This piece appears as part of a serialized fiction experiment by Nathaniel Kressen for At Large magazine. New installments will be published weekly, each based around a different liquor.
I swore I would never be a man who looks for meaning in a bottle.
If marriage means compromise, if marriage means buying a bourbon that drinks like vanilla water because that’s what your wife prefers despite the fact that more often than not she prefers to drink vodka leaving you with a glass of no relief after another white collar day of mindless obedience… if marriage means compromise, I wonder what separation means.
Because the Basil Hayden’s still there in the bar cabinet. She took all of the glassware and all of the utensils yet chose to leave me the compromise bourbon.
That, a patchwork quilt of my mother’s, and the dog. I’d sooner be homeless than give up Spud.
He’s sweet with us, an asshole with company. He’s misunderstood. He has no concept of what’s happening.
I drink from the bottle, continuing a tradition in my family. The bourbon’s so smooth it might as well be invisible. I need burn. I need fire. There is no fire in this bottle.
I’ve undersold my wife’s generosity. She left me a great number of things. A cabinet full of spices. A fridge full of takeout. A closet full of clothes she picked out for me. She even left me a lonesome sock of hers behind the laundry bin.
In a matter of hours I have become a man who drinks from the bottle and sniffs used socks.
The dog and I suit up to brave the cold. Young men and women who look suspiciously like my wife and I crowd the evening sidewalks, hand in hand. Glove in glove, rather. The wind is ruthless and whips through city buildings. These younger versions of us bundle their scarves up to their noses then peel them away to laugh and kiss and plan for all the glorious days ahead. My dog sniffs at a tree and circles himself before pissing on the tied knot of a curbside garbage bag. I feel a modicum of guilt, imagining the poor garbage person who will grab this bag at that exact spot as he or she works so diligently to clean our city. Surprise, surprise – this guilt does not prevent me from allowing my dog to do it again farther up the block.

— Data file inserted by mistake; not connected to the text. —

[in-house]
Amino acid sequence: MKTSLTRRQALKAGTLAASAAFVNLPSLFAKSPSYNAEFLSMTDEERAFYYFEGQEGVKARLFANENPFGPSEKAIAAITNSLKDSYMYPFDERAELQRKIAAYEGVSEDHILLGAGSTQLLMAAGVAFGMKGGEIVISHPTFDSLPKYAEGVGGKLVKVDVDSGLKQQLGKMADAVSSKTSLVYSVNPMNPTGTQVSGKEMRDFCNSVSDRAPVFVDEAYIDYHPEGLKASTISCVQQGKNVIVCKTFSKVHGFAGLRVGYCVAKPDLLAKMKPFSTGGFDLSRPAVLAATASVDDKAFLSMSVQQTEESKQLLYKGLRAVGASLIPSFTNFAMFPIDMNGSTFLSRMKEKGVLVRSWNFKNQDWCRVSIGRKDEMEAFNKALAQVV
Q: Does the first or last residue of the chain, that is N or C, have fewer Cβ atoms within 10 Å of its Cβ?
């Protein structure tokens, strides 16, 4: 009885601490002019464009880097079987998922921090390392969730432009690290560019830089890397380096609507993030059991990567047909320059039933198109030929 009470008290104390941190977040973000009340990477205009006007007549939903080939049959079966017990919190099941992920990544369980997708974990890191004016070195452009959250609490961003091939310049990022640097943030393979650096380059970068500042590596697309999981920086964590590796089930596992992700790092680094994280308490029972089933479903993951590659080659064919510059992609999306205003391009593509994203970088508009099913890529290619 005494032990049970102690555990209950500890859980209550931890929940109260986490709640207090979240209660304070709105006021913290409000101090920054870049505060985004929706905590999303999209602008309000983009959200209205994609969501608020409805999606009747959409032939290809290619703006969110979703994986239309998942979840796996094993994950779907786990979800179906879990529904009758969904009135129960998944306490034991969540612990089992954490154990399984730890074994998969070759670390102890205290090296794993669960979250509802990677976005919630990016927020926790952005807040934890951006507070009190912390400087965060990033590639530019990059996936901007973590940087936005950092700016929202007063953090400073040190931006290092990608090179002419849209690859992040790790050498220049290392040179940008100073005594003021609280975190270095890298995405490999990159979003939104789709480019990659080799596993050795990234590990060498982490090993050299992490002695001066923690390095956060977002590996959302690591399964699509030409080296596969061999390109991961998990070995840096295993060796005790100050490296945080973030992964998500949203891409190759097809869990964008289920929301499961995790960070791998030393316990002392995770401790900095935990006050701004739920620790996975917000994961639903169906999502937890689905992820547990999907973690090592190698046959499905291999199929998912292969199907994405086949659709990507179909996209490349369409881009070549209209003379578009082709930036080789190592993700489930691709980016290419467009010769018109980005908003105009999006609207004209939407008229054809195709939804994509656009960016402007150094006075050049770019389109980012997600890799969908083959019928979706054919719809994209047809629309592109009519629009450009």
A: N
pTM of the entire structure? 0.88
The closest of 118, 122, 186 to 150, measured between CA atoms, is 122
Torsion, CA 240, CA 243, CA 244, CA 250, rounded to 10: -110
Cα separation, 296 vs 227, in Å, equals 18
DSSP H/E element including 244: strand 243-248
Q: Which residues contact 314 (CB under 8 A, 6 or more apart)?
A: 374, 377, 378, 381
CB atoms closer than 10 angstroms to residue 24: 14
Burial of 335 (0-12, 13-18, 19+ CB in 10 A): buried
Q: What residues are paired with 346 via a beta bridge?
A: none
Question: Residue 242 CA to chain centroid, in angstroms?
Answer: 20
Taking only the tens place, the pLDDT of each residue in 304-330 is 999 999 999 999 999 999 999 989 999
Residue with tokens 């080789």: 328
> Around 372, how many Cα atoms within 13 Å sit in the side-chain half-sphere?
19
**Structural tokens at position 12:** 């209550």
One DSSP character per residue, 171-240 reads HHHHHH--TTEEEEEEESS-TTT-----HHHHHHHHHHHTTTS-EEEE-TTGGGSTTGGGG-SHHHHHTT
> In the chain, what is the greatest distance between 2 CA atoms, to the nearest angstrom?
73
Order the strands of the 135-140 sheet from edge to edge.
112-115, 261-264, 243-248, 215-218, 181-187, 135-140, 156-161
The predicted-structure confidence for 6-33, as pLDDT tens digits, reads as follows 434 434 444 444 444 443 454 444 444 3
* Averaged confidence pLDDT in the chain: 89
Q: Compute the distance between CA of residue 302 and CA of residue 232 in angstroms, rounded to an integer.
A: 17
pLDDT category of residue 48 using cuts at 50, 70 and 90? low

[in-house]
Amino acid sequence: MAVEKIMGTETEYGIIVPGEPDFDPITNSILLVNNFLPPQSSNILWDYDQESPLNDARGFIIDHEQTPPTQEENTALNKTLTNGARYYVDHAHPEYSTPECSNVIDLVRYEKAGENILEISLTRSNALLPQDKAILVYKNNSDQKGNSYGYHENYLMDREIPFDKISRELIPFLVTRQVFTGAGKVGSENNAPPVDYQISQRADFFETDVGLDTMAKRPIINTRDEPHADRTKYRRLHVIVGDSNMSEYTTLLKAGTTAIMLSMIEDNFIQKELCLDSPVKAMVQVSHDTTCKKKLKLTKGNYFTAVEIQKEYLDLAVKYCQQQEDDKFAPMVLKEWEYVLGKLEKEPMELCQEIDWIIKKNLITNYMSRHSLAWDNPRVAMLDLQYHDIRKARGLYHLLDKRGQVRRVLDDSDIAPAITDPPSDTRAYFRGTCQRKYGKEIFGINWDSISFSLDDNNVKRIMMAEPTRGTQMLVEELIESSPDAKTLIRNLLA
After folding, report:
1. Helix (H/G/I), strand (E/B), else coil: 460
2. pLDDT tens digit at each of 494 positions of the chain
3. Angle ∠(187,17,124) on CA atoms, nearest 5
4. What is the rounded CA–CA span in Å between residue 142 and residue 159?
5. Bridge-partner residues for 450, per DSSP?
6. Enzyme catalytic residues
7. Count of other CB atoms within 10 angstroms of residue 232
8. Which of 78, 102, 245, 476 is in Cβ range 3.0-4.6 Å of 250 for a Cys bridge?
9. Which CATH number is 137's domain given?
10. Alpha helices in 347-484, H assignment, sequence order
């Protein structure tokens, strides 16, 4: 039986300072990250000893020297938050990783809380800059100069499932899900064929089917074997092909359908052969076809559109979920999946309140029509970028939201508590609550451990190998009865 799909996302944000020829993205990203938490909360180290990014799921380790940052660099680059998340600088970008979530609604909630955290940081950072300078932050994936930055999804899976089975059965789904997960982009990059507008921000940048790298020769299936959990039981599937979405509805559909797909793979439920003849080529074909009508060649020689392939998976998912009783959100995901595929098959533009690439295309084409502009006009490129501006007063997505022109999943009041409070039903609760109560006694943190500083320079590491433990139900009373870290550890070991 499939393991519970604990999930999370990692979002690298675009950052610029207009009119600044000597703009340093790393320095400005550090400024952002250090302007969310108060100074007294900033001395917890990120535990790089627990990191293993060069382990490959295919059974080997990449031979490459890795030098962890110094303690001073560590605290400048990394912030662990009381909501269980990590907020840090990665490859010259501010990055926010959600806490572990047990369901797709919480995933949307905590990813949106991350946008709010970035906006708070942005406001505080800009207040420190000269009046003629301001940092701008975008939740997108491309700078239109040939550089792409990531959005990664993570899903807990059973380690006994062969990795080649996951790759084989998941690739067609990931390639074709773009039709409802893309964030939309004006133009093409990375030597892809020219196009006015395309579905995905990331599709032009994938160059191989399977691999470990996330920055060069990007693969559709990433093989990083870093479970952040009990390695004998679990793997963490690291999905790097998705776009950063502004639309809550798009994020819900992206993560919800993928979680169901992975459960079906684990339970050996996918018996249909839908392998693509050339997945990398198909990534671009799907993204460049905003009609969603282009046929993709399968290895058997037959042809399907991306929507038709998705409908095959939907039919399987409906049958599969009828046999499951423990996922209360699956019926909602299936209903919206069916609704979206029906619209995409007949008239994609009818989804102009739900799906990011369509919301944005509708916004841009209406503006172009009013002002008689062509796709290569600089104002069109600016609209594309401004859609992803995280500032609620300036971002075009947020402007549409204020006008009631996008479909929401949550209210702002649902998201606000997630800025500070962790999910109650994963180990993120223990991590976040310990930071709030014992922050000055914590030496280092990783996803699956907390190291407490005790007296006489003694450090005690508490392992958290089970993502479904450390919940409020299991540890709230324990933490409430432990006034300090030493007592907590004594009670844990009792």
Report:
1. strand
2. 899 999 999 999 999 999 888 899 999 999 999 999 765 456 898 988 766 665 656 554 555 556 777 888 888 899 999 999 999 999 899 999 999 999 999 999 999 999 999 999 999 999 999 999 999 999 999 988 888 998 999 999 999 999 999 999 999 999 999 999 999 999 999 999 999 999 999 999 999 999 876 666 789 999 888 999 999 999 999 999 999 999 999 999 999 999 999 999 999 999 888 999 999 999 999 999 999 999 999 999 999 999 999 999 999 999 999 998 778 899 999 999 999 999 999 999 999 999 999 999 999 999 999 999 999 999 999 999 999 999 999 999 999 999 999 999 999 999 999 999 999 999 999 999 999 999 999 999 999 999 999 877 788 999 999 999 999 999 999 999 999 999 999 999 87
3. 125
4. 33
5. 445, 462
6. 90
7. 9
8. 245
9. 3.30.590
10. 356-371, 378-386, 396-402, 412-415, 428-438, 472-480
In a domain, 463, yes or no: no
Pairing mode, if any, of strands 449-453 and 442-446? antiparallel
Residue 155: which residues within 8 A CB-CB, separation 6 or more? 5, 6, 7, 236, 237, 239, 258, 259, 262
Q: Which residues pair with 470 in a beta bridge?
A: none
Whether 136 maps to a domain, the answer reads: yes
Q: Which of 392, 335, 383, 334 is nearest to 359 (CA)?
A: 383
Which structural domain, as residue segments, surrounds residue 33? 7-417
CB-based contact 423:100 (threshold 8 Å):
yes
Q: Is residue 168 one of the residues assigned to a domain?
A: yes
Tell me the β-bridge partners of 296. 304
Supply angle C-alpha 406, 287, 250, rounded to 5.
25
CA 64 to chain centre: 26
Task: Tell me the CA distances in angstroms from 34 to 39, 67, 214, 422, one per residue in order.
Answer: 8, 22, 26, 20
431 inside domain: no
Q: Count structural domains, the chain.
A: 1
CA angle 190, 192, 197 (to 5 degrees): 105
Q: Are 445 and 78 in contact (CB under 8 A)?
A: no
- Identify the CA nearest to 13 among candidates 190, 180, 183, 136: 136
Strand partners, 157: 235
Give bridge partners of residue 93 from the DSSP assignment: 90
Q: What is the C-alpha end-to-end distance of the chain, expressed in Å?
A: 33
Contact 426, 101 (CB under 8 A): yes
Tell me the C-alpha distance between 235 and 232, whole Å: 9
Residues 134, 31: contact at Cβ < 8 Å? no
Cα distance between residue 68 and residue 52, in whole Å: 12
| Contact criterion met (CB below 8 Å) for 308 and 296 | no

We enter a deli that allows dogs and get a sleeve of plastic cups, two oranges, and a cheap fold-up corkscrew. First step toward civilization. I pay with a platinum card. Yes, I have money. It’s amazing what a man can earn if he keeps his mouth shut.
Back in my vacant home, I pour bourbon into a cup. I use the corkscrew to slice off a bit of orange peel, twist it over the cup, drop it in…
I am a genius. There is the fire. Next I will journey to the moon. I will cure cancer. I will achieve more than my father ever did.
I retrieve the guitar case from the top of the closet, change the strings, and tune. Once, I had substance. Once, I had fire. Life has a way of changing dreams, or perhaps just the power to make a man forget.
Maybe I’m the one who drove us to this.
I lift the cell phone, dial, there is no answer.
I’ve not played in longer than I care to admit. My fingers are stiff but they soon remember and the flesh of my fingertips scream like rekindled lovers. There is no satisfaction without pain. I finish my bourbon and refill my cup and my hands find a chord progression they like. It is a sad mournful cry, stirring thoughts of an old man limping. I’m not sure there’s any other kind of song left.
When you wake up still drunk, everything is an accomplishment.